This is the column to read if you want a general understanding of the Murray Darling Basin Plan, and what it means for us, and you are not inclined to be drawn into the technically complex explanations and arguments put forward (very well) in the Country News.
The Murray Darling Basin is the area that drains Australia’s longest river system.
For many years, there has been an un-coordinated approach to the Basin, as there are the competing priorities of five states and territories, and the Commonwealth.
The process to manage the river system began under the Howard government and was finalised and signed into law by the Gillard government in 2012.
Why did we need a plan?
The millennium drought from 2002 to 2009 showed that a river system with significantly reduced water flows had a severe detrimental effect on the environment.
There was a risk of the river system dying altogether, and once this happens it is very hard (if not impossible) to rejuvenate.
It was found that irrigation entitlements were over allocated, and that water needed to be returned to a body called the ‘environmental water holder’, to be able to add to river flows to maintain river health.
Some groups wanted minimal water returned to the environment, some environmental groups wanted very large amounts returned.
In the end, it was decided that 2750 gigalitres (GL) of water would be returned over the entire Murray Darling Basin. A gigalitre is one billion litres of water. Victoria’s share of this target was 1075 GL.
A great proportion has been recovered. It has come at a cost, and some benefits, with on farm and delivery irrigation infrastructure improved.
The problem is that the next time we face a drought, there is less water available to irrigate our crops. Farmers do not own as much permanent irrigation entitlement as they used to, so they are relying on buying temporary entitlement. The Goulburn Murray District used to operate with over 2000 GL, next dry season it may be reduced to 400GL.
We have the potential to get by and grow if no more water is taken from our consumptive pool. If more water is taken from the region our agricultural industries, especially dairy, are under threat. Two key factors are at play in further water removal: ‘up water’ and ‘environmental offsets’.
Before the Murray Darling Basin plan was signed, a deal was done between the Commonwealth and the South Australian government for 450 GL (in addition to the existing 2750 GL specified by the plan) could be returned to the environment for the benefit of the lower lakes at the Murray River mouth.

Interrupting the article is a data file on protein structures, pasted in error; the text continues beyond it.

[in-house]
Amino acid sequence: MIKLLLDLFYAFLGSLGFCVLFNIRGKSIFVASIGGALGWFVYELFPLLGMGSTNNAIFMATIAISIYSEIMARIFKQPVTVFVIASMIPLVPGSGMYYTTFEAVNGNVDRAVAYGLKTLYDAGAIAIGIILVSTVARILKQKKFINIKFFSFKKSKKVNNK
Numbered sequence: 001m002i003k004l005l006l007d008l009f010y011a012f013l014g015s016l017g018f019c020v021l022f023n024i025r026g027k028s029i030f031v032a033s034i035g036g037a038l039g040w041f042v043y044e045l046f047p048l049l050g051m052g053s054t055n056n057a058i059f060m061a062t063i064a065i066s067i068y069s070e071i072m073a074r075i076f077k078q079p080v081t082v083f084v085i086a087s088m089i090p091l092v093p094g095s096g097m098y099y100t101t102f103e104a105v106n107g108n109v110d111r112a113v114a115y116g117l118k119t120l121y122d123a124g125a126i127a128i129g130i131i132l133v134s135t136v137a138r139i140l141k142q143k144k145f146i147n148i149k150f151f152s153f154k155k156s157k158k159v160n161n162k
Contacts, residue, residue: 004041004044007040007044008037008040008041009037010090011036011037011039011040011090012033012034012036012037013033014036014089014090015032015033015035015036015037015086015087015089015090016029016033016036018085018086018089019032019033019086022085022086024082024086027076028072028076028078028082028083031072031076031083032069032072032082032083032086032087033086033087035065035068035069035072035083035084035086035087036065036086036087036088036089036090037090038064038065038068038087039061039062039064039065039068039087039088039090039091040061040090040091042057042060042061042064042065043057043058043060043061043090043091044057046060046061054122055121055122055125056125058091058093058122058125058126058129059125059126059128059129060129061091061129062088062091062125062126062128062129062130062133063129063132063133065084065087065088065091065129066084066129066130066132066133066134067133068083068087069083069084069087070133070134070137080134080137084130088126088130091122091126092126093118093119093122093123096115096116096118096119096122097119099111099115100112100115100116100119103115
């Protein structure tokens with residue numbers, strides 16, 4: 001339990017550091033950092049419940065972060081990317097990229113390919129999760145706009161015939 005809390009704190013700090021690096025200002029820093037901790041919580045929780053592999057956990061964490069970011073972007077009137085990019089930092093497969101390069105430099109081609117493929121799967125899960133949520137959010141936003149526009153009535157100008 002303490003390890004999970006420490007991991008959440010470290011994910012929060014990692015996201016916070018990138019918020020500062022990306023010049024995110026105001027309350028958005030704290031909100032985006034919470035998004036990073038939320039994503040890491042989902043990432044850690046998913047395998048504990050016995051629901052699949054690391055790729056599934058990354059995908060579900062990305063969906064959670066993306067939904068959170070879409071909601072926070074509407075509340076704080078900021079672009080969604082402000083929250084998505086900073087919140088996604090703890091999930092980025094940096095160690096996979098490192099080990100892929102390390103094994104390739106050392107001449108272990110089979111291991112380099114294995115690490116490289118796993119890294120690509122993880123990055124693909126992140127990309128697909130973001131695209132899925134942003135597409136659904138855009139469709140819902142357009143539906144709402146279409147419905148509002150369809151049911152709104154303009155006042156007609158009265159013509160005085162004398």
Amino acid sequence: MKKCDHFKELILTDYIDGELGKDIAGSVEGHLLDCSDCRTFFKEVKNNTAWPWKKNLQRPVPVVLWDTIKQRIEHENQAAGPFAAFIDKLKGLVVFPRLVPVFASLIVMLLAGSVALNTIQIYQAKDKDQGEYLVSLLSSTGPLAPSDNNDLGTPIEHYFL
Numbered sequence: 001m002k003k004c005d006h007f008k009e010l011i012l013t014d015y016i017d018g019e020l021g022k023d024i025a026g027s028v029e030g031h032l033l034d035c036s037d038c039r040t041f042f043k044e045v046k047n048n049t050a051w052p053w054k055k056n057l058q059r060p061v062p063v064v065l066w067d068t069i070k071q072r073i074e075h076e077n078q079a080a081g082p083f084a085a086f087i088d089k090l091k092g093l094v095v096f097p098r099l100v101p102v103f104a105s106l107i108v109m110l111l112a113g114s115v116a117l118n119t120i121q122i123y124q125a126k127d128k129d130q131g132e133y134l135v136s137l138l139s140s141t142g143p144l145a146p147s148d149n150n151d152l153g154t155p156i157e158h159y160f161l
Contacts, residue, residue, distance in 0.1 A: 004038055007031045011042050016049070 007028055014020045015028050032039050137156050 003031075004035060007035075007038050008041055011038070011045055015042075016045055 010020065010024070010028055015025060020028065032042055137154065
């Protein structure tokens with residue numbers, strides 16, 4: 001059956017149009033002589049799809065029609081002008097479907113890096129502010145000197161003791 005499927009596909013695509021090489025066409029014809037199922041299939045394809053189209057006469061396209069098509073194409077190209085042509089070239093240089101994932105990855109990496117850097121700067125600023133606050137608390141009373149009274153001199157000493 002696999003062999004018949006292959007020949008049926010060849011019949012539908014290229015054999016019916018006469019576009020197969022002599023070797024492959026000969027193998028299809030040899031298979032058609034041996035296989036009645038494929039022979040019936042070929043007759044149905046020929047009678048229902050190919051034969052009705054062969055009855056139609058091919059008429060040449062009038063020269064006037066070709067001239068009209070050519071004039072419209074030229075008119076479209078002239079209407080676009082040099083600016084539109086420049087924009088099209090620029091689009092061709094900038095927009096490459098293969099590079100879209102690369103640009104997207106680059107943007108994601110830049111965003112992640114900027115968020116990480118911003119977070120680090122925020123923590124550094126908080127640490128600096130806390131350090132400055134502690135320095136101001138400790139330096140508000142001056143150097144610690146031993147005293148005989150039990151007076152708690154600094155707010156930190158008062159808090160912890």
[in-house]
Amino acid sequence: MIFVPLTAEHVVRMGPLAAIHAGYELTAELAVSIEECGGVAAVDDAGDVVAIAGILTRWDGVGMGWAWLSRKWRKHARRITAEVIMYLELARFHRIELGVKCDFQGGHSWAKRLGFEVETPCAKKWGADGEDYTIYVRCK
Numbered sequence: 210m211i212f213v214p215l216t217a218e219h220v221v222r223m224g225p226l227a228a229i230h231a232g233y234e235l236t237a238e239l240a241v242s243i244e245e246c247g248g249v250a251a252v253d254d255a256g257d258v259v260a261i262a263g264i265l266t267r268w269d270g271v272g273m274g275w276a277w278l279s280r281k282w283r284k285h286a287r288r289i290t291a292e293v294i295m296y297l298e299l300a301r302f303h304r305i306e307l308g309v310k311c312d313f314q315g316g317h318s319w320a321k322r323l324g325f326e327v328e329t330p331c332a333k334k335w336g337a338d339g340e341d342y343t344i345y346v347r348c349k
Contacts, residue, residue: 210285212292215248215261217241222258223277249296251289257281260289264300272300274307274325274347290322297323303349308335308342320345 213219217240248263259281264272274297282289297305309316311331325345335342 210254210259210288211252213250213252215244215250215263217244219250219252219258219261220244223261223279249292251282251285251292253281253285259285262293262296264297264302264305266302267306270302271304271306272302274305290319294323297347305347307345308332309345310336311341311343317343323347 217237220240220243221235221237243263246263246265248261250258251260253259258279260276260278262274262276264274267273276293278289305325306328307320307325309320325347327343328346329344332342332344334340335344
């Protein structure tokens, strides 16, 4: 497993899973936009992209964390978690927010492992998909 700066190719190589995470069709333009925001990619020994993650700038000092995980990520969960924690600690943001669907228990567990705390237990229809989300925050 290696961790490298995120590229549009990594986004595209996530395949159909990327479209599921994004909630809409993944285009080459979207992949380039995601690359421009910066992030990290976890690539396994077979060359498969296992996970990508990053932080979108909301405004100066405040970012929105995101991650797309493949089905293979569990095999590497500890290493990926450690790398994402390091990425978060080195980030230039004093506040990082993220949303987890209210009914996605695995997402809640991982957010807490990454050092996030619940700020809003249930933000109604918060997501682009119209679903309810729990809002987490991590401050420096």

The fine print on this agreement was that it would have to pass a ‘socio-economic neutrality test’.
But neither governments nor the Murray Darling Basin authority had a framework, or any socio-economic impact studies to assess this.
The GMID water leadership forum, co-chaired by the Committee for Greater Shepparton, commissioned an independent report and found the Murray Darling Basin plan has already had negative impacts on the GMID, and any further removal of water would exacerbate this.
Federal Water Minister Barnaby Joyce and Victorian Water Minister Lisa Neville have made this clear to the South Australians. But we are in for a bruising fight in 2017.
There is provision in the plan for the target of actual water to be returned to the environment to be reduced by 650 GL by ‘offset’ measures.
These are actions that can achieve environmental outcomes without just acquiring and flushing more water down the river.
Time needs to be allowed to develop environmental offsets to the 650 GL target, and beyond.
At the time of the Murray Darling Basin plan development a triple bottom line outcome was the slogan quoted by many.
This was a commitment that any plan would balance the interests of the environment, the economy and society.
The GMID Water leadership forum has come to the position that two significant policy levers can be pulled to ensure the plan does this: the first is to ensure that the full 650 GL of environmental offsets is delivered.
The second is to accept that further water removal will have a negative socio-economic impact on the southern basin and take the 450 GL of up water for South Australia off the table.
- Sam Birrell